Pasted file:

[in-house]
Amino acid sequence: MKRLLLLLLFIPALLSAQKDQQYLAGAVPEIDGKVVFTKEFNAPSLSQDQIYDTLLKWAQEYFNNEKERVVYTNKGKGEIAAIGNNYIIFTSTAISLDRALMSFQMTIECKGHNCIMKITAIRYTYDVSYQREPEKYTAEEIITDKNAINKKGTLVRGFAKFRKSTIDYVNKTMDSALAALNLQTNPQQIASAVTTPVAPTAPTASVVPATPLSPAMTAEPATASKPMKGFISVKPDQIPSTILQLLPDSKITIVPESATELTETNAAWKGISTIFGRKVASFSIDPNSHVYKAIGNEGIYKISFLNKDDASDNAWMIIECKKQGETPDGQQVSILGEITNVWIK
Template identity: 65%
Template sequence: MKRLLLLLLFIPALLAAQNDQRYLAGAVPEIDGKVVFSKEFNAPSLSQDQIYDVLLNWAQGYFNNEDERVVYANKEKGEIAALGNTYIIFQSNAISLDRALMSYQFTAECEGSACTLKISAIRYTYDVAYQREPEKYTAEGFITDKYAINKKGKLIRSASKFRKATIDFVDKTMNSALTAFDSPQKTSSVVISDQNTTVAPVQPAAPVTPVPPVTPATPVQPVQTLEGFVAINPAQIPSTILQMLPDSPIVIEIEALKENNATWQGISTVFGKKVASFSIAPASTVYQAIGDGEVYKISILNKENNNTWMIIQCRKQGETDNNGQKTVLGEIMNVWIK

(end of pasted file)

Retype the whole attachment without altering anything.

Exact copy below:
[in-house]
Amino acid sequence: MKRLLLLLLFIPALLSAQKDQQYLAGAVPEIDGKVVFTKEFNAPSLSQDQIYDTLLKWAQEYFNNEKERVVYTNKGKGEIAAIGNNYIIFTSTAISLDRALMSFQMTIECKGHNCIMKITAIRYTYDVSYQREPEKYTAEEIITDKNAINKKGTLVRGFAKFRKSTIDYVNKTMDSALAALNLQTNPQQIASAVTTPVAPTAPTASVVPATPLSPAMTAEPATASKPMKGFISVKPDQIPSTILQLLPDSKITIVPESATELTETNAAWKGISTIFGRKVASFSIDPNSHVYKAIGNEGIYKISFLNKDDASDNAWMIIECKKQGETPDGQQVSILGEITNVWIK
Template identity: 65%
Template sequence: MKRLLLLLLFIPALLAAQNDQRYLAGAVPEIDGKVVFSKEFNAPSLSQDQIYDVLLNWAQGYFNNEDERVVYANKEKGEIAALGNTYIIFQSNAISLDRALMSYQFTAECEGSACTLKISAIRYTYDVAYQREPEKYTAEGFITDKYAINKKGKLIRSASKFRKATIDFVDKTMNSALTAFDSPQKTSSVVISDQNTTVAPVQPAAPVTPVPPVTPATPVQPVQTLEGFVAINPAQIPSTILQMLPDSPIVIEIEALKENNATWQGISTVFGKKVASFSIAPASTVYQAIGDGEVYKISILNKENNNTWMIIQCRKQGETDNNGQKTVLGEIMNVWIK